Last week we looked at Ephesians 4:14 and focused on being ROOTED in truth. Let's keep reading in Ephesians and see what comes next.


Just for fun, I googled the word love. I wanted to get an idea of how the world we live in identifies with and defines love. (And let’s be honest, google knows that more than anyone else!) Immediately there were images of hearts and flowers and at least six links to dating websites. It is very clear from just one quick search on the internet that our society has turned love into a fluffy, gooey, sappy thing. Love is sweet.

 I had to scroll a bit before I even found a definition of the word. Here are just a few of the ways that Miriam Webster defines love:

Believe me when I say, there were quite a few other ways to define the word love. I chose these because I felt like they were most in line with how God would define love, and what He has to say about love is what really matters.

We have been raised in a world that tells us that love is this romantic, gushy, red-heart thing. We are taught to believe that if we love someone, really love someone, we would never hurt them or offend them. We have almost equated love with perfect and constant harmony.


I had this revelation in Bible college. I was frustrated because I felt like God had somehow tricked me. I felt like he would almost give me things and then take them away promptly. I felt like he could prevent the hurt and heartache that kept seeming to find me, but He was just choosing not to. I didn’t understand how this could be if He did indeed love me as much as He said. Then one day, I stayed at the alter and prayed through lunch and He made it very clear to me.

Love. Deep, authentic love, is more than willing to allow hurt or heartache in order to make the one loved better and stronger.

I thought about my relationship with Jesus. I thought about how His love for me and His willingness to let me hurt could coexist. And then all I could see was Jesus on the cross while God the Father looked on.

God looked over the whole of time and history. He saw the big picture. He saw that the only way to ever have that constant perfect harmony again and to bring people into right relationship with Him was to send His Son to die on a cross. At the time it would have seemed a gruesome, heartless thing to do. How could He give His only son and be willing to sit back and watch him die a painful, torturous, shameful death?! Especially when He had all the power in the world to stop it! It’s completely counter cultural in every way! Love would have found a way out of it or came to the rescue….right?

God saw before and after that moment. Of course it broke His heart to watch His only Son suffer, but because He loved Him and knew His greater purpose, and because He loved us and knew this was the only way, He was willing to allow the pain and the hurt and the darkness.

And that is what love does. Love speaks truth even when it is hard to hear. Love is willing to allow hurt and suffering because sometimes it means the other will come out better and stronger.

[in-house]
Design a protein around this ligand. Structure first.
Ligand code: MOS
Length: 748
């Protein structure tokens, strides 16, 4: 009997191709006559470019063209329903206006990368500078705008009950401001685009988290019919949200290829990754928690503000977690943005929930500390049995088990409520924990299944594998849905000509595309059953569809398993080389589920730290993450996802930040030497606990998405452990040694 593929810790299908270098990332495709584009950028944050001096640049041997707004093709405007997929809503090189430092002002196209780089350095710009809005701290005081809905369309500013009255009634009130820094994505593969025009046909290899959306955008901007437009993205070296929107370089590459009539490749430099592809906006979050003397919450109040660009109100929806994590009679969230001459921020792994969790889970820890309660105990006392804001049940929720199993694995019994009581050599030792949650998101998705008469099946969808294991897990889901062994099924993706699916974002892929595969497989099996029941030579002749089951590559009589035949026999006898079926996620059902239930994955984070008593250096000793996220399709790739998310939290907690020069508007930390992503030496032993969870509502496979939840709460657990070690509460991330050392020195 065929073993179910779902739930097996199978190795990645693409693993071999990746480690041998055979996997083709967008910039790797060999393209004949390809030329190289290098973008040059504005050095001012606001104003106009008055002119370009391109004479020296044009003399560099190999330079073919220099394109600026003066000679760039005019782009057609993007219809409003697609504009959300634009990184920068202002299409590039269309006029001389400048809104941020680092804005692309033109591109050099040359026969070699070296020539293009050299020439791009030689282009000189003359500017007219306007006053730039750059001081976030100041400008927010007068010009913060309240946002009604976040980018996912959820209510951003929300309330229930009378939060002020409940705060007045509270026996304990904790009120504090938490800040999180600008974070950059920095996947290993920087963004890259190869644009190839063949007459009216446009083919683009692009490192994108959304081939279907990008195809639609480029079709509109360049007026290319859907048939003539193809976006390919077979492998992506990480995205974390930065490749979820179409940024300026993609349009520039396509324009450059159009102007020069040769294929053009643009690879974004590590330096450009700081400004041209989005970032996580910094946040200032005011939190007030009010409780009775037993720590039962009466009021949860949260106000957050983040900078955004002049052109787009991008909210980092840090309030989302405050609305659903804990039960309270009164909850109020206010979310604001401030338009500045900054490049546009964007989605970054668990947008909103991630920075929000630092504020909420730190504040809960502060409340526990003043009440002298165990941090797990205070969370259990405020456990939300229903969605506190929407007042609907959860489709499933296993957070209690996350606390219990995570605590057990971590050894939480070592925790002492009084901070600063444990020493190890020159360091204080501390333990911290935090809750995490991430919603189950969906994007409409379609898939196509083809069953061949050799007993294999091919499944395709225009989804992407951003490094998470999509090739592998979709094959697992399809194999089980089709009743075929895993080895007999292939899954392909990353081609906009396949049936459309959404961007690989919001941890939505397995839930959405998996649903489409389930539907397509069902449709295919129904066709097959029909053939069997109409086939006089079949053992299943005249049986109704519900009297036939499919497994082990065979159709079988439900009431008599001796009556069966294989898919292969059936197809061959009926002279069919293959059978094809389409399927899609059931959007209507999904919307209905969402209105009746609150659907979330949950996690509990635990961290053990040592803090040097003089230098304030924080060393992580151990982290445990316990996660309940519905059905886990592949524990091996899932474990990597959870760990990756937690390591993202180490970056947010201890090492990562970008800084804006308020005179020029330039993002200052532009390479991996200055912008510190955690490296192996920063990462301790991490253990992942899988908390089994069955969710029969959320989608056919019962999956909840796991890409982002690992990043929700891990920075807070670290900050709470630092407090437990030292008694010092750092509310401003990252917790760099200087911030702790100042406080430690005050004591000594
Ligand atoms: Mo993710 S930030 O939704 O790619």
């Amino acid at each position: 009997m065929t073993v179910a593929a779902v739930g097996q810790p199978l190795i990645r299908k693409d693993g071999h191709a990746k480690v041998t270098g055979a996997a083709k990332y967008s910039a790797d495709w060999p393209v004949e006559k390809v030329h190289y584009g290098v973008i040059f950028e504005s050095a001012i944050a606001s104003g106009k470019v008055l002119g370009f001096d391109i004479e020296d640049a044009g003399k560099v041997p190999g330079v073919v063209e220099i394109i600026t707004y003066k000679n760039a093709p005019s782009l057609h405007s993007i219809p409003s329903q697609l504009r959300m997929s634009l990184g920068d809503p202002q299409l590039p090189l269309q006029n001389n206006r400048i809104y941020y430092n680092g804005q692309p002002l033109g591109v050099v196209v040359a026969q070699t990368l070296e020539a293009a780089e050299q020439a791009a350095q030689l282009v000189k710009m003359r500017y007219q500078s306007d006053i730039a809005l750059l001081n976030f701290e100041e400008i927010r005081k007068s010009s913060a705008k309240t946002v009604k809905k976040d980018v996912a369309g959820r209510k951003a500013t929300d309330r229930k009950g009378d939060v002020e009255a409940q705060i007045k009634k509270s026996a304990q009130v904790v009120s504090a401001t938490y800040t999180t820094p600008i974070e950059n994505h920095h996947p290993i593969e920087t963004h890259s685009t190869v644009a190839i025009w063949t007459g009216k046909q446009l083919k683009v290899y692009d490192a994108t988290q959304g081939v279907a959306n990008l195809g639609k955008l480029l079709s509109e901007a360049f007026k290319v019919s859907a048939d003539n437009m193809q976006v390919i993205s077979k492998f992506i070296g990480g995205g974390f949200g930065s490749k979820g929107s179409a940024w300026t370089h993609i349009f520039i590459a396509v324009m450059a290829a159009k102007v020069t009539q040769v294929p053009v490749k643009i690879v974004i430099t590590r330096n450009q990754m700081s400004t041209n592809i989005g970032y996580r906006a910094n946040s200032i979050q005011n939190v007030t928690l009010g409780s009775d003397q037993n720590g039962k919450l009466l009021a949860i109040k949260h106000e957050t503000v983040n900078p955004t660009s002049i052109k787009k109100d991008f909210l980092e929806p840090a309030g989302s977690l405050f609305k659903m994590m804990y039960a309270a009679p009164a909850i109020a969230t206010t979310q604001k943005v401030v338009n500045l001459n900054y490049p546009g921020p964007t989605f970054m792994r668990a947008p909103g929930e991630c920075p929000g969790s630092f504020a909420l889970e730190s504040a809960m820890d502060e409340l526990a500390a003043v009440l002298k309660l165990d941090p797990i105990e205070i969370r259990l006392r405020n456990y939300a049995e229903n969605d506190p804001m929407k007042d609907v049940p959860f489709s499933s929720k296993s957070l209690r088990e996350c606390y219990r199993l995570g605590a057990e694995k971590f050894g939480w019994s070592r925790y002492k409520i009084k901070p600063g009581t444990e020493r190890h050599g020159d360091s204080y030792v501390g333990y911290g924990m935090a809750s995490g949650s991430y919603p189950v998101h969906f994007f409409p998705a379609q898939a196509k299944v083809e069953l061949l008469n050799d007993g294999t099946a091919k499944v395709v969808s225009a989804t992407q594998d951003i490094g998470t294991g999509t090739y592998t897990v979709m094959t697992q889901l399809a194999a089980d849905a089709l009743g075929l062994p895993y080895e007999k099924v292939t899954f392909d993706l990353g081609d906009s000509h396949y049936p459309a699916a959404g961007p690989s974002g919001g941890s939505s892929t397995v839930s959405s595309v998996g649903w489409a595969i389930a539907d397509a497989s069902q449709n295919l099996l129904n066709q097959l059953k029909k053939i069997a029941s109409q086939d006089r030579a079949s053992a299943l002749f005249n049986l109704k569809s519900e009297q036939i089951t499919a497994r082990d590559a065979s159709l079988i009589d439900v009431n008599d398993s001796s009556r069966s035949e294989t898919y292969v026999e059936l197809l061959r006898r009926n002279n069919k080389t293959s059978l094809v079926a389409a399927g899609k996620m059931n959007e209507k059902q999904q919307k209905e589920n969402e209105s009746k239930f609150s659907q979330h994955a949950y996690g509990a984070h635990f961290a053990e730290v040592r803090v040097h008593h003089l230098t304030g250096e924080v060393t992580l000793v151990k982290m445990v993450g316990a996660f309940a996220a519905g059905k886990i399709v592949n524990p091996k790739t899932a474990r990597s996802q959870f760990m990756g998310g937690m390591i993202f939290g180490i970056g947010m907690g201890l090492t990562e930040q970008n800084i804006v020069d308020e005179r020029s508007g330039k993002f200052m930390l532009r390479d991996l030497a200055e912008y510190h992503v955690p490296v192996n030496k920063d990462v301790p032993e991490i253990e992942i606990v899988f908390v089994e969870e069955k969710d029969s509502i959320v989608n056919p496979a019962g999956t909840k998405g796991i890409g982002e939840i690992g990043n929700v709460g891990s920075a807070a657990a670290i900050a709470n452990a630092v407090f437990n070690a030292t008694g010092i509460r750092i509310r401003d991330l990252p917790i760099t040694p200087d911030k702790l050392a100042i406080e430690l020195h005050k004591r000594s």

I think about my parents. Many times I felt unloved because they took things from me or kept me from doing things or going places. I felt like they must not love me if they didn’t want me to be happy. Now what I see is that they loved me enough to protect me and to guide me even if it meant dealing with my hurt and frustration and misunderstanding and anger in the moment. I understand that they loved me deeply. They loved me like Christ.

Truthfully, love that does anything to keep peace and harmony and calm can often times be a little bit selfish. I am guilty of this. I want so much to be liked and loved in return that I shy away from speaking the truth and saying the hard things that the people I love might need to hear. On one hand, I can tell myself I am being gracious and loving them through it, but if I look at it through the lens of Christ, I might very well be keeping them from better things for the sake of my own comfort.

Of course there are a million ways that I could have taken a post dealing with love. But in light of the fact that last week we discussed getting rooted in truth, I felt it was necessary to take that route. To tell the truth about love. In order for us to plant deep healthy roots of character, we have to know the truth about the seeds that we are trying to plant. We have to know and understand how they are planted and how they are kept healthy and thriving.

If we know Christ and we know His truth and we believe it something fiercely…. If we have allowed those deep roots of truth to get down inside of us, then eventually it will become the base of who we are and of all of our conversations and relationships. And that is exactly what should happen.
But if we fail to understand how to present that truth in love, real Christ-like love, then those seeds of truth will fall on hard, unreceptive soil.

Jesus gave us the example of love. In fact, I would go as far as to say He defined the word for us. The Bible says multiple times that God is love. The only way that we are going to grow up and mature in our faith is to start living and loving like Christ.

He is truth and He is love.
Being rooted in those things is beginning to make deep roots in Him.

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